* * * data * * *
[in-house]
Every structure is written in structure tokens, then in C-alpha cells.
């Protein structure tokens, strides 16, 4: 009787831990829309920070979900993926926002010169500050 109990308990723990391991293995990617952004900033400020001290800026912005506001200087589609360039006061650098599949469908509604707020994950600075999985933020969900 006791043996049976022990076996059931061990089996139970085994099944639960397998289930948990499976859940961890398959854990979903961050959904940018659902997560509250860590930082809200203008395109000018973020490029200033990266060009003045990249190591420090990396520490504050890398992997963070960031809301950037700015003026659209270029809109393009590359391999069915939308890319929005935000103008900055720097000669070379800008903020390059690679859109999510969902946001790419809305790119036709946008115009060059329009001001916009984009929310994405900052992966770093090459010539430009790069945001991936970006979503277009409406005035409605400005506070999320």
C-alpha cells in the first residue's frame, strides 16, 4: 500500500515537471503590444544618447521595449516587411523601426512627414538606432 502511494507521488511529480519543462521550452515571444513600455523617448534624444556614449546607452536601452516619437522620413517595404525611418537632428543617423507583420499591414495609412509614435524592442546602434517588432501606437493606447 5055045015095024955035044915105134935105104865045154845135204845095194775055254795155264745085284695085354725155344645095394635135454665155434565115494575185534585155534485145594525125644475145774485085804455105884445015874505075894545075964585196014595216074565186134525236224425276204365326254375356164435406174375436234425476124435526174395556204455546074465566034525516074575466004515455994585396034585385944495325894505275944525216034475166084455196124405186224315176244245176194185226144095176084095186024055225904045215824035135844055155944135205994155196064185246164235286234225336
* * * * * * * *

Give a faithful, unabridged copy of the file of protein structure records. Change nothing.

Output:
[in-house]
Every structure is written in structure tokens, then in C-alpha cells.
């Protein structure tokens, strides 16, 4: 009787831990829309920070979900993926926002010169500050 109990308990723990391991293995990617952004900033400020001290800026912005506001200087589609360039006061650098599949469908509604707020994950600075999985933020969900 006791043996049976022990076996059931061990089996139970085994099944639960397998289930948990499976859940961890398959854990979903961050959904940018659902997560509250860590930082809200203008395109000018973020490029200033990266060009003045990249190591420090990396520490504050890398992997963070960031809301950037700015003026659209270029809109393009590359391999069915939308890319929005935000103008900055720097000669070379800008903020390059690679859109999510969902946001790419809305790119036709946008115009060059329009001001916009984009929310994405900052992966770093090459010539430009790069945001991936970006979503277009409406005035409605400005506070999320």
C-alpha cells in the first residue's frame, strides 16, 4: 500500500515537471503590444544618447521595449516587411523601426512627414538606432 502511494507521488511529480519543462521550452515571444513600455523617448534624444556614449546607452536601452516619437522620413517595404525611418537632428543617423507583420499591414495609412509614435524592442546602434517588432501606437493606447 5055045015095024955035044915105134935105104865045154845135204845095194775055254795155264745085284695085354725155344645095394635135454665155434565115494575185534585155534485145594525125644475145774485085804455105884445015874505075894545075964585196014595216074565186134525236224425276204365326254375356164435406174375436234425476124435526174395556204455546074465566034525516074575466004515455994585396034585385944495325894505275944525216034475166084455196124405186224315176244245176194185226144095176084095186024055225904045215824035135844055155944135205994155196064185246164235286234225336